The Fermi gamma-ray telescope is a space-based gamma ray observatory. Somewhat unusually, for those of us more used to discussing collider experiments, the data it collects is freely available for anybody to analyse. Last month, Christoph Weniger, a dark matter theorist from the Max Planck Institute in Munich, released a paper in which he claimed to have discovered a peak in the gamma-ray flux, possibly corresponding to the annihilation of pairs of dark matter particles with a mass around 130 GeV. (I'm not sure, now, why it couldn't be from decay of a 260 GeV particle, and a quick skim over the paper hasn't enlightened me.) One interesting aspect of this research was that the data in which Weniger found a signal had already been analysed by the experimentalists themselves, and they concluded that there was no signal. Weniger's trick was to focus on those regions of the sky where models of the galaxy and its dark matter halo predict the signal-to-noise ratio to be high. Using the full dataset washes out the signal, hiding it in a (relatively) larger background.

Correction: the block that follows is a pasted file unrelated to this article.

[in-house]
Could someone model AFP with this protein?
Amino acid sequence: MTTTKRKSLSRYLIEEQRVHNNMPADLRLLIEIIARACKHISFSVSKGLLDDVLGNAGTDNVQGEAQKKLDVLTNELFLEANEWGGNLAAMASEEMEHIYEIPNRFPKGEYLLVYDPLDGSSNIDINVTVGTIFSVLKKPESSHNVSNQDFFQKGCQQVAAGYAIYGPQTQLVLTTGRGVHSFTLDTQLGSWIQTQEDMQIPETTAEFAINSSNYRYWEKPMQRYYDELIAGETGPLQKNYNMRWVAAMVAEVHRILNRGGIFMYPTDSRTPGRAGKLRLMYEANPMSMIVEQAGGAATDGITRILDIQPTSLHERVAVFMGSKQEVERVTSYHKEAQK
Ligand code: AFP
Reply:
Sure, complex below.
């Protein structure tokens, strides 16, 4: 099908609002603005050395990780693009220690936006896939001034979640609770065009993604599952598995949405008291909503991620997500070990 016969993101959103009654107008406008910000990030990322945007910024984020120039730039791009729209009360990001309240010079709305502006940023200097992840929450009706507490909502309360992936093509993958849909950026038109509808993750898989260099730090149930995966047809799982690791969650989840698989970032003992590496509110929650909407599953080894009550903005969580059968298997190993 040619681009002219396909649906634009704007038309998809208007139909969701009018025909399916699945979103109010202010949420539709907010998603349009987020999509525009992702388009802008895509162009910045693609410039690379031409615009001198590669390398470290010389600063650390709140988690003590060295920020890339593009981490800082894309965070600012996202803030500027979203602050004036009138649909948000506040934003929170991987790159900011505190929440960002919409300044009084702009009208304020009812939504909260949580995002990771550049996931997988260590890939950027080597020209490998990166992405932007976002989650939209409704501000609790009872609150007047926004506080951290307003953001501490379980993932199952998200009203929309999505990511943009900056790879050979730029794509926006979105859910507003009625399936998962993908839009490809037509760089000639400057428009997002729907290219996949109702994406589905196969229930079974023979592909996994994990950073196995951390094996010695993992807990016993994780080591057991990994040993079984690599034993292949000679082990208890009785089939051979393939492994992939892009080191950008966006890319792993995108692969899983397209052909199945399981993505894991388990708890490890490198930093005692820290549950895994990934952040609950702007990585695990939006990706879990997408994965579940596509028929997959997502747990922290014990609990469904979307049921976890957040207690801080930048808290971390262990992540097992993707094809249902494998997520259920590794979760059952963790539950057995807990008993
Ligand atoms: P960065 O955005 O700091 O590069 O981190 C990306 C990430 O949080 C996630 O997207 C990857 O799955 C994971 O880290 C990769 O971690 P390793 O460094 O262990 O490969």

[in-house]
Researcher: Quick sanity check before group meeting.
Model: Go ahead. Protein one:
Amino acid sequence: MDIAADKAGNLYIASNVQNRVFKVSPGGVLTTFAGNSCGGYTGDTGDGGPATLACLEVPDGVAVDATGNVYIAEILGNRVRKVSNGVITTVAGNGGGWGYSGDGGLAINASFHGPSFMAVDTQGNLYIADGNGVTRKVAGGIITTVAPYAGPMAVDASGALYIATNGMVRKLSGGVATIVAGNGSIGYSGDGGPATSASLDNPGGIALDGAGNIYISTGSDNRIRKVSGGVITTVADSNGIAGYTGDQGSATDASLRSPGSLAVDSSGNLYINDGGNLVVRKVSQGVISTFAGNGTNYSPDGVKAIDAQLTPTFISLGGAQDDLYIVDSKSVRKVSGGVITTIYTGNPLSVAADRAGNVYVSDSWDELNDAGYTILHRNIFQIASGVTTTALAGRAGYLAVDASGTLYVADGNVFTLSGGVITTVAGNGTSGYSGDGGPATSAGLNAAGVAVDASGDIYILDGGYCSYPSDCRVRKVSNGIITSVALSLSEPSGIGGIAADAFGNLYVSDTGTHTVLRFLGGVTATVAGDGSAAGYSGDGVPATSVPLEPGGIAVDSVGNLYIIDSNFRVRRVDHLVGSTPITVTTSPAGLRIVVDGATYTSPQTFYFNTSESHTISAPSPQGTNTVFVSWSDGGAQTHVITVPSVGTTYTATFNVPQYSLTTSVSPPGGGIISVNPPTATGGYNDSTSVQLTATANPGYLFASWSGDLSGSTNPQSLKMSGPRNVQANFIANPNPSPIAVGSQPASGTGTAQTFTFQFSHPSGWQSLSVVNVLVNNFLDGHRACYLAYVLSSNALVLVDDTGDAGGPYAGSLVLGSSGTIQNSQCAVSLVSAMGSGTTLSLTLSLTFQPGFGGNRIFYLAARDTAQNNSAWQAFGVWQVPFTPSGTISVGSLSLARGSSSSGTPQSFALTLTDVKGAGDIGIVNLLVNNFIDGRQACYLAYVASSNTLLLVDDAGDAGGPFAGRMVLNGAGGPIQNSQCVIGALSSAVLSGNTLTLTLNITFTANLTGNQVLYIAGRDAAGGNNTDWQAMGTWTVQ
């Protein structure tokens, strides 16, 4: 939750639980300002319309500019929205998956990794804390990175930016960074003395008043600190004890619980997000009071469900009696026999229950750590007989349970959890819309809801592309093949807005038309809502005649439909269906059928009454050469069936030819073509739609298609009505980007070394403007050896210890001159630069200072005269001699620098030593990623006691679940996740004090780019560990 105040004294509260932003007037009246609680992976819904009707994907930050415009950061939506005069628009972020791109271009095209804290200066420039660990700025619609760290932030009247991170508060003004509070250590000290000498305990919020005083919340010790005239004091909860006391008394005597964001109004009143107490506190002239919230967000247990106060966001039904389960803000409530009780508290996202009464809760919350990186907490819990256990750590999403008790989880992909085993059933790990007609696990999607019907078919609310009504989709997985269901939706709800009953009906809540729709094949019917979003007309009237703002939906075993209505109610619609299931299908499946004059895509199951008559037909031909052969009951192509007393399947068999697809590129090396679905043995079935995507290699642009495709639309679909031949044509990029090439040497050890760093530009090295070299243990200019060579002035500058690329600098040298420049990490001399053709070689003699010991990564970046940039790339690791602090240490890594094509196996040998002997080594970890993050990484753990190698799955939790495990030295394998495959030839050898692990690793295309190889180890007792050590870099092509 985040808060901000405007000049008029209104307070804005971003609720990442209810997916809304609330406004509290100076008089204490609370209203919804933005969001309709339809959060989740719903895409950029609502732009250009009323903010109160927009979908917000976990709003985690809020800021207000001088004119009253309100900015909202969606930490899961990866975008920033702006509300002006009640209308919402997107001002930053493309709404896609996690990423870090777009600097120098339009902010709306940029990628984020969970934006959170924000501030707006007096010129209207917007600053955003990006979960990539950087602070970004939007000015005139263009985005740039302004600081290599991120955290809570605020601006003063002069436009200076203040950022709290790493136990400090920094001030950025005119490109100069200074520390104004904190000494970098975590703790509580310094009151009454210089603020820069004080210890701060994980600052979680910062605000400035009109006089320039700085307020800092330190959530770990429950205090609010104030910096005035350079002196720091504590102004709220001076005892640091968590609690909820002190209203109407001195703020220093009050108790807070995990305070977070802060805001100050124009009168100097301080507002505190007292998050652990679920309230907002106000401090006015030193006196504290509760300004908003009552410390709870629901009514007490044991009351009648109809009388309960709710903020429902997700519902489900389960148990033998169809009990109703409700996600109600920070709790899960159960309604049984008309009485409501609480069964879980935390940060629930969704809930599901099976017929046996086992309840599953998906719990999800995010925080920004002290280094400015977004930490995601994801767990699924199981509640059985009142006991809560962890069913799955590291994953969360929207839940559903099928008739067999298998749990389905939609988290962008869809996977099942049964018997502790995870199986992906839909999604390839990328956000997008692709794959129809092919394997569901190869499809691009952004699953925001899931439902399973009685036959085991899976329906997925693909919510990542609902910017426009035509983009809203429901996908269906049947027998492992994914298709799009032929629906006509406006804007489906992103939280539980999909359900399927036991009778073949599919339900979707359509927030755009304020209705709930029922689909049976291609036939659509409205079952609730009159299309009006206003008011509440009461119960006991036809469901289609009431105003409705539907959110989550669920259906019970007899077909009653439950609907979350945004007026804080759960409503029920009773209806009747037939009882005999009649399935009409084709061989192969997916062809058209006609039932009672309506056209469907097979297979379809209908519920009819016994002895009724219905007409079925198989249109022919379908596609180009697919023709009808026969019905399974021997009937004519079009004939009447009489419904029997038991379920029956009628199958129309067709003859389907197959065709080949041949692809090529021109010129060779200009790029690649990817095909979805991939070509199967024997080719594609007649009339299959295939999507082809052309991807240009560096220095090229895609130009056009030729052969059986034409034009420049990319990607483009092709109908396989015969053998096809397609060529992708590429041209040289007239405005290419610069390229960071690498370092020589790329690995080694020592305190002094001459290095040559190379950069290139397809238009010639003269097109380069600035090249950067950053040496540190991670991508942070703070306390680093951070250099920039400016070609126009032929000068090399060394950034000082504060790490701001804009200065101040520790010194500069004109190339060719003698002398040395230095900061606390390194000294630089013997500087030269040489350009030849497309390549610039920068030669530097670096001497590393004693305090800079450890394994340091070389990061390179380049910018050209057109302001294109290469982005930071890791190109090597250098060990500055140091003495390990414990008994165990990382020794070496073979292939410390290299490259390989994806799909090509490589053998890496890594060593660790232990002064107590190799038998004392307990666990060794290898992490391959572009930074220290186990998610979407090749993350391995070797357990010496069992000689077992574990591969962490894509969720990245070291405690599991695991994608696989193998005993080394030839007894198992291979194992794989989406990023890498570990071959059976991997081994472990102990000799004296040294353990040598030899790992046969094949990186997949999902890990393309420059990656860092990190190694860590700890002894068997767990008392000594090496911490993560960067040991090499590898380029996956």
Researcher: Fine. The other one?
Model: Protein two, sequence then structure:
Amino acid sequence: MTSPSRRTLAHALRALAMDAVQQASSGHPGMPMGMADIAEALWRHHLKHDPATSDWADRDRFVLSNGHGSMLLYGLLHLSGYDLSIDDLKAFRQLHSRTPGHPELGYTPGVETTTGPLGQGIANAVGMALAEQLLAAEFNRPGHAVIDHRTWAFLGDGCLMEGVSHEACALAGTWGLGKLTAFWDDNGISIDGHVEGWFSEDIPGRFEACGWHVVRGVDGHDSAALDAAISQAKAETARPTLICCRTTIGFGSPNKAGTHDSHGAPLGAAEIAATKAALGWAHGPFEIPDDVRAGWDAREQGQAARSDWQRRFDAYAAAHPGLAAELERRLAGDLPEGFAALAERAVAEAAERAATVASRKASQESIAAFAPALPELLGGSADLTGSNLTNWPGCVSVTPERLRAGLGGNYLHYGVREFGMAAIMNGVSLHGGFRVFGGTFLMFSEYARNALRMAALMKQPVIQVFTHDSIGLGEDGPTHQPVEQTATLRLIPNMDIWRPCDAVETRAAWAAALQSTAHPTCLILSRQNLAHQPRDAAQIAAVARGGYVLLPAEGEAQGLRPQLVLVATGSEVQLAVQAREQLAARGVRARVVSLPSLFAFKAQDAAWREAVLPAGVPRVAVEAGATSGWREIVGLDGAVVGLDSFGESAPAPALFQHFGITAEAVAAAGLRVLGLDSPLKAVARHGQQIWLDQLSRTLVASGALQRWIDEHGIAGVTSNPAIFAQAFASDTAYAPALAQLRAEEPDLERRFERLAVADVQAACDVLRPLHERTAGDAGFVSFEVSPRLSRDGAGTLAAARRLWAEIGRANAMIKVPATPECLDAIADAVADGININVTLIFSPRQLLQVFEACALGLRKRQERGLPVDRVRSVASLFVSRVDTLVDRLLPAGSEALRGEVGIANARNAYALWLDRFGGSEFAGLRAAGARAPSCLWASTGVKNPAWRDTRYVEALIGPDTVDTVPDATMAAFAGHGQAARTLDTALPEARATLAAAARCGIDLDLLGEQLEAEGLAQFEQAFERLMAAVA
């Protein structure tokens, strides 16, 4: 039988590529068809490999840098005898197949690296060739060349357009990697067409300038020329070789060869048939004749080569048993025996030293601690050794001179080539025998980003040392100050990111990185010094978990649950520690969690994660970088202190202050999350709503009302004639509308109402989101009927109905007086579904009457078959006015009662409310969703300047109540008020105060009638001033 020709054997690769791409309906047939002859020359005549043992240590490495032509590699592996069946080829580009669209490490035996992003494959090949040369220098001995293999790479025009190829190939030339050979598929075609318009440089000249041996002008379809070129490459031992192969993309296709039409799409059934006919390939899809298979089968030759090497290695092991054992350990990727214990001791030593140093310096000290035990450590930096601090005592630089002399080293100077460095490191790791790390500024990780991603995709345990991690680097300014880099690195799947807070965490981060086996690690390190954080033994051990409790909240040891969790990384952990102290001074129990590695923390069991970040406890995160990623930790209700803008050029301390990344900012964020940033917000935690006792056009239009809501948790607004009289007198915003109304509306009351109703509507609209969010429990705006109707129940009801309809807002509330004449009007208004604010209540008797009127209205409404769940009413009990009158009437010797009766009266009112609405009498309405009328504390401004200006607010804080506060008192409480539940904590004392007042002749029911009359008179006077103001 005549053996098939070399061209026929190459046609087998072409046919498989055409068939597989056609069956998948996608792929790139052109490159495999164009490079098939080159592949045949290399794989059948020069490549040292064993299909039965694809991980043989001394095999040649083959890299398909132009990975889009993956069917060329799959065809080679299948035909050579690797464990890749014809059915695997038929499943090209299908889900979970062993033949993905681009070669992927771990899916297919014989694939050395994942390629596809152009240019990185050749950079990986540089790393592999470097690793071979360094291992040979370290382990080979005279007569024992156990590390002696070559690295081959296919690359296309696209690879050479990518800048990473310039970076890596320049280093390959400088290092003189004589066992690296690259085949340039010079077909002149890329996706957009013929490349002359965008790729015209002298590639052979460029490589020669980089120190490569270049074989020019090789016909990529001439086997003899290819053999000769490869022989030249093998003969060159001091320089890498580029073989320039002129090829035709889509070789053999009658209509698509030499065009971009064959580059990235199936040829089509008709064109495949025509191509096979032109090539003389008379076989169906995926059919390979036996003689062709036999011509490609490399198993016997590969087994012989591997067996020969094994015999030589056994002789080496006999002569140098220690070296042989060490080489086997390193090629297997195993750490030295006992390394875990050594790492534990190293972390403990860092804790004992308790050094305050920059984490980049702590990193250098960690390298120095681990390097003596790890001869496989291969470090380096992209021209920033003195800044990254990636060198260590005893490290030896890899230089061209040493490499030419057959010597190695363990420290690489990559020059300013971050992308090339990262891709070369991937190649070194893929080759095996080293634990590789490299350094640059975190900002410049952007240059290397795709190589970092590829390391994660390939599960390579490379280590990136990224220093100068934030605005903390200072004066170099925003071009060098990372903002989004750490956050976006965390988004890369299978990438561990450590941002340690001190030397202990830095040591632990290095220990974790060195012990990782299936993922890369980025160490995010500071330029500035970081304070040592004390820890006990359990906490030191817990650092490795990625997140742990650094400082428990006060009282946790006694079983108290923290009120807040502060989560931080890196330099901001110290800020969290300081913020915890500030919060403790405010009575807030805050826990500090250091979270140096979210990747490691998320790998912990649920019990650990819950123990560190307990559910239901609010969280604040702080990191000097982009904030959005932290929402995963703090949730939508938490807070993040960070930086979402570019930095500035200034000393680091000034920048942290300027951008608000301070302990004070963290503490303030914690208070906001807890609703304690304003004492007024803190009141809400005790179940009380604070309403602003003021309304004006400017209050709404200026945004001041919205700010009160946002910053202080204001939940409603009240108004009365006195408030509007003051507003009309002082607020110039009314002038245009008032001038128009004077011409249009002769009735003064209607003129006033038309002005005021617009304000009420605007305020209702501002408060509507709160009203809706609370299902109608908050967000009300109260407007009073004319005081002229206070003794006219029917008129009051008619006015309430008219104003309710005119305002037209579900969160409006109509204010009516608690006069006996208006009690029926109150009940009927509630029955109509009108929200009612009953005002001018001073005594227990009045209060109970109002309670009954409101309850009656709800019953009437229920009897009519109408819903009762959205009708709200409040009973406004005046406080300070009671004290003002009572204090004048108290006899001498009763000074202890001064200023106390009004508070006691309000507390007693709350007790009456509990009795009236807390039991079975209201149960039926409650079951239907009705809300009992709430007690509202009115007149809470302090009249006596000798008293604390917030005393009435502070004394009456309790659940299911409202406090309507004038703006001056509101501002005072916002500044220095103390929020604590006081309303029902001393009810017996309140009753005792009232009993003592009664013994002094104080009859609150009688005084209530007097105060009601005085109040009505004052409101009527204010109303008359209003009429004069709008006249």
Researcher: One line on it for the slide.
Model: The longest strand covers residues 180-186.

This was actually discussed at length at our journal club at Oxford last week, and the general conclusion seemed to be that the work was very interesting, but far from convincing. It was suggested, for example, that the 'bump' could actually be the result of a background following a 'broken power law', where the flux falls with a particular power of the energy up to around 130 GeV, and then transitions to falling with a higher power above that. All in all, it seemed prudent to wait for independent evidence, or more data, before getting too excited.
We did not have to wait long! This week, another preprint came out which confirmed, using independent methods, the signal found by Weniger. The authors actually find an even sharper peak in the data, which makes it more difficult to explain away. They also claim that, due to the energy lost by high-energy photons through pair production of light fermions, the signal at 130 GeV should correspond to a dark matter mass of about 145 GeV. Furthermore, for the dark matter self-annihilation rate to be high enough to explain the data, the annihilation should be enhanced beyond the typical one-loop rate. This could occur if the dark matter annihilates via an s-channel resonance, that is, a particle with mass approximately 290 GeV (i.e. twice the dark matter mass), which couples directly to standard model fermions, and should be discoverable at the LHC.
I'm basically a spectator in the dark matter game, but it goes without saying that the discovery of particle dark matter would be very exciting, so this is one to watch with interest. I also expect that there will shortly be a flurry of mostly uninteresting papers 'predicting' a dark matter particle with a mass between about 125 and 150 GeV…
Edit: See also Luboš, who got to this in a more timely manner than I did.